Skip to main content

Do You Have a Domain Name? Here's What You Need to Know (Part 1)

Wdrp domain name 750x425 en

Part 1: Why You Need to Keep Your Contact Information Up-to-Date

Have you received an email reminder from your registrar sometime in the past year, reminding you to review and update your contact information? You should have. This reminder email may be long and contain a lot of information, but it's important that you don't ignore it. It requires action on your part to review the contact information associated with your domain name and make corrections if necessary. It's important to keep your contact information up-to-date for a couple of reasons.

When your domain name registration is about to expire, the registrar is required to notify you. This is typically done via email. If your registrar is unable to reach you because your contact information is not up to date and your domain name registration expires, it may take considerable time and expenses to recover, or it may not be recoverable at all.

Another important reason to keep your contact information up to date is to ensure that you receive notifications from your registrar when changes are made to your domain name registration. These notifications are for your protection, so that you can verify and confirm the validity of the changes made, or take appropriate measures in the case of unauthorized changes. Bad actors can use malicious means to gain access to your account and make changes to the information associated with your domain name registration to lock you out of your account and hijack your domain name. It is important to keep your domain name registration contact information up to date to protect yourself or your business.

What Can Happen if Your Domain Name Contact Information is Not Kept Up-to-Date

If you give wrong information on purpose, or don't update your information promptly if there is a change, your registrar can suspend or even cancel your domain name registration. This could also happen if you don't respond to inquiries by your registrar if they contact you about the accuracy of your contact information.

How to Ensure Your Domain Name Contact Information Is Up-to-Date

If any of your contact information (email, postal address, phone number, etc.) changes, contact your registrar to update your information. The annual reminder email that you receive from your registrar is a requirement under the ICANN WHOIS Data Reminder Policy (WDRP), but do not wait for this reminder. If there's a change, it's important that you update your contact information as soon as possible to prevent disruption or loss of your domain name registration. ICANN cannot update your contact information for you; you must contact your registrar to do so. 

Due to the prevalence of security concerns such as phishing attacks, if you have any doubt or questions about the legitimacy of emails about your WHOIS data, you can always contact your registrar directly. If you believe you haven't been receiving reminder emails from your registrar, you can contact ICANN at compliance@icann.org.

Want to learn more? Click here to learn five things that every domain name registrant should know about the ICANN WHOIS Data Reminder Policy (WDRP).


The 'Do You Have a Domain Name? Here's What You Need to Know' educational series is part of ICANN's broader efforts to help you better understand the ICANN policies that affect you, your role in the Domain Name System (DNS), and the role of the ICANN organization, registries and registrars in the DNS ecosystem.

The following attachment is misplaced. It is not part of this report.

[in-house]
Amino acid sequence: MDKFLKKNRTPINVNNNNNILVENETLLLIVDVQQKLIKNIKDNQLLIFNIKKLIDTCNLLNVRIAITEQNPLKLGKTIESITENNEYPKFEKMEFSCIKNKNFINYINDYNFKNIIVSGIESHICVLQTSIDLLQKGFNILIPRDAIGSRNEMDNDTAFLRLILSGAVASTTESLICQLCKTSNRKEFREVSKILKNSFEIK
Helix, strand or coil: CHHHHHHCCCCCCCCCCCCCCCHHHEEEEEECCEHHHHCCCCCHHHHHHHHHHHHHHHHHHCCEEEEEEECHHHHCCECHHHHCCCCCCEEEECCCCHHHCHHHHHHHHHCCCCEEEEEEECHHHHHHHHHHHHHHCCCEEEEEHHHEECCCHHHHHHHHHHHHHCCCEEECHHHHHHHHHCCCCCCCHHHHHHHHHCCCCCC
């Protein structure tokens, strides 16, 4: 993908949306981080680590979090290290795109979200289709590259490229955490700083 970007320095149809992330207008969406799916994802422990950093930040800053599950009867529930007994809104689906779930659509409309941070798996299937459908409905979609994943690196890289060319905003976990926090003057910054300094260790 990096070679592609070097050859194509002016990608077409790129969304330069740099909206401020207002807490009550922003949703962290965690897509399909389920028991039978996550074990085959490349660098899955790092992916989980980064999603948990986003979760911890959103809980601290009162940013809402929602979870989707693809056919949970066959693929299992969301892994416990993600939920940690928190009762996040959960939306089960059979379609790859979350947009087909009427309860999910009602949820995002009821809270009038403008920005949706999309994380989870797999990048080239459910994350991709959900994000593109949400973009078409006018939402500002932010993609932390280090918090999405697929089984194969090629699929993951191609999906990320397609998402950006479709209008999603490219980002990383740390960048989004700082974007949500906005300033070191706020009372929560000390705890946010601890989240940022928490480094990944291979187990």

Comments

    Maria  01:36 UTC on 01 September 2017

    Some registar offer to hide the WHOIS informations, is this something illegal ? Thanks and sorry for my english, I'm not totally fluent

    hosting murah  09:02 UTC on 18 September 2017

    How much benefit for ensure our domain name and cheap hosting on contact information is up to date and how with new content in our blogs ?

Domain Name System
Internationalized Domain Name ,IDN,"IDNs are domain names that include characters used in the local representation of languages that are not written with the twenty-six letters of the basic Latin alphabet ""a-z"". An IDN can contain Latin letters with diacritical marks, as required by many European languages, or may consist of characters from non-Latin scripts such as Arabic or Chinese. Many languages also use other types of digits than the European ""0-9"". The basic Latin alphabet together with the European-Arabic digits are, for the purpose of domain names, termed ""ASCII characters"" (ASCII = American Standard Code for Information Interchange). These are also included in the broader range of ""Unicode characters"" that provides the basis for IDNs. The ""hostname rule"" requires that all domain names of the type under consideration here are stored in the DNS using only the ASCII characters listed above, with the one further addition of the hyphen ""-"". The Unicode form of an IDN therefore requires special encoding before it is entered into the DNS. The following terminology is used when distinguishing between these forms: A domain name consists of a series of ""labels"" (separated by ""dots""). The ASCII form of an IDN label is termed an ""A-label"". All operations defined in the DNS protocol use A-labels exclusively. The Unicode form, which a user expects to be displayed, is termed a ""U-label"". The difference may be illustrated with the Hindi word for ""test"" — परीका — appearing here as a U-label would (in the Devanagari script). A special form of ""ASCII compatible encoding"" (abbreviated ACE) is applied to this to produce the corresponding A-label: xn--11b5bs1di. A domain name that only includes ASCII letters, digits, and hyphens is termed an ""LDH label"". Although the definitions of A-labels and LDH-labels overlap, a name consisting exclusively of LDH labels, such as""icann.org"" is not an IDN."